Saturday, May 31, 2014

Last night's Mass Effect game

The group faces off against a trio of space-wolf things. 

I missed the first half of the session, but the story goes that the group investigated some missing miners at a colony. In the mine we found freaky space wolves, dead miners, and a weird alien obelisk that could create space zombies and mesmerize people. We fought off the zombies, sealed the mine, and quarantined the area. 

Friday, May 30, 2014

Friday night Mass Effect RPG

Here's a photo of our last gaming session from a few weeks ago.  It's a home-grown RPG based on Mass Effect using the Cortex+ rules.

Tuesday, May 20, 2014

So did you hear there's a new edition of D&D coming out?

It's all over the blogosphere, but the covers of the latest edition of D&D has been released.

A introductory box set ($20), followed by the Players' Handbook, Monster Manual, and Dungeon Master's Guide, all at $50 each.  I think the art is better than the "bound tome" look of Third Edition, or the blocky "World of Warcraft knockoff" look of Fourth Edition.  But honestly I find any attempt to discern anything about the game based on the covers to be pretty optimistic on the part of the reviewer.  Ironically, all four covers depict scenarios in which I think the PC should be dead in just a couple of turns, but that's not particularly heroic.  What I do find amusing as hell is how the 1st Edition D&D depicted the game playing experience.

Six guys defeat two lizardmen and then steal the gems out of a idol without a lot of forethought.  Sounds about right.  What about the Dungeon Master?

Two guys face off against a major demon to rescue a scantily-clad woman.   That's what I guess aspiring DM's should be hoping happens in their campaign, but I'd also like to throw that back at anyone saying that 5th Edition's covers seem a little "over the top."

I'll admit that I'll likely pick up all three main rulebooks, first because I'm a collector and second because I'm enough of a fan of D&D to want to take a look and at least consider running them.

Friday, May 2, 2014

So much for April

No longer running a game of my own, I don't have that much to use as material for this blog.  Compounding that, I was unavailable for both the sessions of the Mass Effect RPG my friend is running, although the second session had other people missing it so they tried out the multi-computer Star Trek emulator Artemis instead.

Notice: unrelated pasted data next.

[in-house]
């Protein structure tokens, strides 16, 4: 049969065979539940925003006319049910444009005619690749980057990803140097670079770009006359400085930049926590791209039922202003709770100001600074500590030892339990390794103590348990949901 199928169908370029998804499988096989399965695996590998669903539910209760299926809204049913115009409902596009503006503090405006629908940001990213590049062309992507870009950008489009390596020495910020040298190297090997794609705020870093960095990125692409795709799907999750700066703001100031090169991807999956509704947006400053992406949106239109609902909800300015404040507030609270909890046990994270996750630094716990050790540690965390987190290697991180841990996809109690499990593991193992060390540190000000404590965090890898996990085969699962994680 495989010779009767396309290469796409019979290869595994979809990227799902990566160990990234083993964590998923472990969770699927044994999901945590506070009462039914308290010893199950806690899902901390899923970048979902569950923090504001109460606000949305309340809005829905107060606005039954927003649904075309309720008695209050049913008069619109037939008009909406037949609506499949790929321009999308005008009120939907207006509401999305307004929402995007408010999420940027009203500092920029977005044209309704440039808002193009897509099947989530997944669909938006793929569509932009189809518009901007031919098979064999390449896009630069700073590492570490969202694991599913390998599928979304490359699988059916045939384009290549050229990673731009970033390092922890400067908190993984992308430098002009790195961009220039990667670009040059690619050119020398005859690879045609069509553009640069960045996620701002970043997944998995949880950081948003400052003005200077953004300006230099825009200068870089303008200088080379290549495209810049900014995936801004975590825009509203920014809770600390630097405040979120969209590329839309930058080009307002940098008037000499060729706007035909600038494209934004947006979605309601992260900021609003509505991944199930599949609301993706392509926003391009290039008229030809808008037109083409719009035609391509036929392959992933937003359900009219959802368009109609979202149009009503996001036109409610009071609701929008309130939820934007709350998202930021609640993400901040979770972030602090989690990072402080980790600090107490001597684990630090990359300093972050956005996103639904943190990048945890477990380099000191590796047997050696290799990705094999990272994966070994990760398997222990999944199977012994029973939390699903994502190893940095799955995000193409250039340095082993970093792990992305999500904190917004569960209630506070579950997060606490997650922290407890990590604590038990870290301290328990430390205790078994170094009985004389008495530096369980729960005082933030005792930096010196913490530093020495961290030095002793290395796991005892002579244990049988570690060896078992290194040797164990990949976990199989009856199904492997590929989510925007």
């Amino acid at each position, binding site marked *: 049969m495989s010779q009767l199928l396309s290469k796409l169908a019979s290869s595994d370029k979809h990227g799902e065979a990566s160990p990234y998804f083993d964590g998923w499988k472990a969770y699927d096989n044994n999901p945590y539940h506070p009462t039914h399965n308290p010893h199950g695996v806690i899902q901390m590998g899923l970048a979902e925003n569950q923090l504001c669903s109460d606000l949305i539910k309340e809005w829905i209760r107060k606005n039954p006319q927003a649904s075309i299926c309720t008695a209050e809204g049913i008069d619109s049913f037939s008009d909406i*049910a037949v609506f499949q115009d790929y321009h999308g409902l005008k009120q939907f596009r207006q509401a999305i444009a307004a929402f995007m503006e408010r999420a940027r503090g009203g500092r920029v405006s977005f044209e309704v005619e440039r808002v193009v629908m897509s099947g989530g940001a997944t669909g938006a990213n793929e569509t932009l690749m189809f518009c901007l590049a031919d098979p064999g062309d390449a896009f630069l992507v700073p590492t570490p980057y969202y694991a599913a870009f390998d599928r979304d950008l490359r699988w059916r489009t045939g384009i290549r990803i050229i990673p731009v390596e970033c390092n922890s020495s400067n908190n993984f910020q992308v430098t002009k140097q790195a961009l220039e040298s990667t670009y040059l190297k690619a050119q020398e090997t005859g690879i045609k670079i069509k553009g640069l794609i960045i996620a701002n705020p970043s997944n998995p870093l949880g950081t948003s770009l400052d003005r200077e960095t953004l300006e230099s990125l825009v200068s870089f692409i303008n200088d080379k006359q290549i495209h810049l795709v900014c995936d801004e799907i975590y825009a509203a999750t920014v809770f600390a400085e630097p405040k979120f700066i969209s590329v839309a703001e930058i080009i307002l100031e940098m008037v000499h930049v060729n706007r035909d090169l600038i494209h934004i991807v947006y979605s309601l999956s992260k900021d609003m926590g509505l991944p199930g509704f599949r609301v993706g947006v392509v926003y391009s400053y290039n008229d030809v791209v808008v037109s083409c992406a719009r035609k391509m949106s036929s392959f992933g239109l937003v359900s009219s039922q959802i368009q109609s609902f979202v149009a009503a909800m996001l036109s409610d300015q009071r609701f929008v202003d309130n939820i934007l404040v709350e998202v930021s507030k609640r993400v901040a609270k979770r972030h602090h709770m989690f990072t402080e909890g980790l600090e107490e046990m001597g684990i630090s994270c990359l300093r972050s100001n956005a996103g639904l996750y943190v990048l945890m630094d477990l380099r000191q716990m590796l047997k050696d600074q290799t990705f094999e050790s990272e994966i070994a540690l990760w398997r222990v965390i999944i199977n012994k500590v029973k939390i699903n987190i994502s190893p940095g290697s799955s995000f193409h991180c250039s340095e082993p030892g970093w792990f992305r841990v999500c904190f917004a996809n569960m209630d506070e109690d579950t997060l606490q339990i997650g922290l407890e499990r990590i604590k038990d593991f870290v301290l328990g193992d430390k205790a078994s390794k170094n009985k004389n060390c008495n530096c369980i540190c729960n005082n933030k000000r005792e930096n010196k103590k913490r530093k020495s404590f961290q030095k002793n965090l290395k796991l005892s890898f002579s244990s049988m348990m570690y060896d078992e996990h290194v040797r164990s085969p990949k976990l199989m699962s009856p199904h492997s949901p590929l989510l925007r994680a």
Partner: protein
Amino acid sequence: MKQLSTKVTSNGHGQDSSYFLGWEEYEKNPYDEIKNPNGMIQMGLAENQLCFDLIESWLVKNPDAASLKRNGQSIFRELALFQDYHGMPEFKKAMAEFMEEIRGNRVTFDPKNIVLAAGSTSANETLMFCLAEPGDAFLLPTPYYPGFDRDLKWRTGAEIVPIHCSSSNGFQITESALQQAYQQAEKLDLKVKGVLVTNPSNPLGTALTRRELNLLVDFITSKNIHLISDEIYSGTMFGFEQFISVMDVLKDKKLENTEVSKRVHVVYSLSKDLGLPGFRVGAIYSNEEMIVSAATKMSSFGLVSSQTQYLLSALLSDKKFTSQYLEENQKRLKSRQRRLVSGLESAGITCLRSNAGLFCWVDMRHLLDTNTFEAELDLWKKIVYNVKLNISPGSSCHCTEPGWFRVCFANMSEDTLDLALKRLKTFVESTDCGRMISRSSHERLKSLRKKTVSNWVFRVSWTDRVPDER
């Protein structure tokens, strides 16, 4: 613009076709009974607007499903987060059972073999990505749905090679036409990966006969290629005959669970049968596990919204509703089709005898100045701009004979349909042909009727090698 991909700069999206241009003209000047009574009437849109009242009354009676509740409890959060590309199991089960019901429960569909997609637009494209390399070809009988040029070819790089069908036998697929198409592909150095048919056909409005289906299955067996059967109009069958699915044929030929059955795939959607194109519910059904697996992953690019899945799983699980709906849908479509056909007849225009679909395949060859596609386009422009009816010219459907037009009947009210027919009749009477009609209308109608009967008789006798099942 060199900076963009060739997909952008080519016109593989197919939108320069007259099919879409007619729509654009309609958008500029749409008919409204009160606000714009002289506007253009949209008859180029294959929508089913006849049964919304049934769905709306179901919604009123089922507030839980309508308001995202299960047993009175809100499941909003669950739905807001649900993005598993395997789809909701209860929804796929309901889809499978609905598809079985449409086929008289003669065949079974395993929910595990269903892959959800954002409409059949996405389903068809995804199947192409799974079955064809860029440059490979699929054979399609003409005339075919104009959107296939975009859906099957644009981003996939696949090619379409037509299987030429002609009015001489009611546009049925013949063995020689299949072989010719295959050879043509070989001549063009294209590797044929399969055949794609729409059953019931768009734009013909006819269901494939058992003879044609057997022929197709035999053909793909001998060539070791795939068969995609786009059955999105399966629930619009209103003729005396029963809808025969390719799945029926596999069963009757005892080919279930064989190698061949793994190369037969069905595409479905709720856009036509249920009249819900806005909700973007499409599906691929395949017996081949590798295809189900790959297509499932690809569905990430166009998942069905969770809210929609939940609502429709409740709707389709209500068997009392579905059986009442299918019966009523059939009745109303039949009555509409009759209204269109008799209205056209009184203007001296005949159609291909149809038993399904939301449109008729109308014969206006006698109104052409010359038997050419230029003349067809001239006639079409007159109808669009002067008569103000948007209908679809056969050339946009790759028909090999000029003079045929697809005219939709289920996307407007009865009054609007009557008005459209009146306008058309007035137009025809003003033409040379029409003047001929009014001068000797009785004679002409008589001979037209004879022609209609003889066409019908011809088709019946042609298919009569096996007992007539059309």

April has been pretty consistently a crazy month for me.  Last year I spent almost two weeks at a work-related conference, in addition to the regular up-tick in work for me that happens every year.  This year it was more travel and work.  So in many ways I'm glad I'm not running a game because I'd just be letting the whole group go into hiatus rather than just me.

Having said that, I do miss running a game, mostly because thinking about the campaign gave my brain something to chew on during long drives or waiting rooms or quiet moments at the office.  I've been thinking about what to run when my friend's campaign ends (which could be as long as a year for all I know) or perhaps some kind of random, one-off kind of game on an odd weekend.

I miss my superhero game, for many reasons not the least of which is that Young Justice is on Netflix now.  We don't have cable, so the show is new to us.  My kids and I loved Cartoon Network's Justice League and Justice League Unlimited.  Young Justice appears to be about one or two parallel worlds over from JLU, since there is a Justice League, but one where Barry Allen is the Flash (ironically both shows feature Wally West as the main speedster character).

Speaking of DC superhero teams, I picked up Aquaman and the Others, desperately hoping that I could find some DCU team book that I could tolerate.  A whole year of no Justice League in the Justice League book is too much, even if I hated them when they were in it.  Teen Titans seems to be downright floundering and heading for cancellation.

I'm not sure the Others is it.  The team is the eponymous Aquaman, for whom I have a sort of hipster-like fondness as the uncool superhero.  He's backed up by a group of oddball heroes (almost like Batman and the Outsiders).  My problem with the Others is that many are painfully bland and generic.  Prisoner of War is a veteran protected by a band of ghosts that are is fallen brother soldiers.  That's kind of a cool idea.  Ya'Wara though is a fur-bikini clad jungle girl with a knife and giant cat, making her basically Shanna the She-Devil.  Or Jaguar from Red Circle/Impact comics.  Or a host of other jungle girls.  The operative is a old guy who is a super-spy like Marvel's Paladin, whose grandson seems poised to take over the name after the old guy eventually dies in some mentor-student transition.  Sky Alchesay is a Native American mystic, making me pine for the Native American comic book character who isn't a cultural stereotype.  Where's the high-tech Native American superhero whose name isn't either an animal or some funky fantasy thing?

I get the common power source notion (each has an Atlantean artifact that an army of generic supervillain thugs are trying to steal) and playing around with the whole pre-established backstory, but the characters seem really lazy as Aquaman, Spy Guy, Jungle Girl, Disturbed Veteran, and Shaman try to keep someone from killing them and stealing their stuff.  My real beef is once again DC is going with a group that also doesn't like each other, like every other group they've built in the 52.  I'll probably read through the intro storyline, but I hope they can get something stronger going than what they started with.

Over at Strange Vistas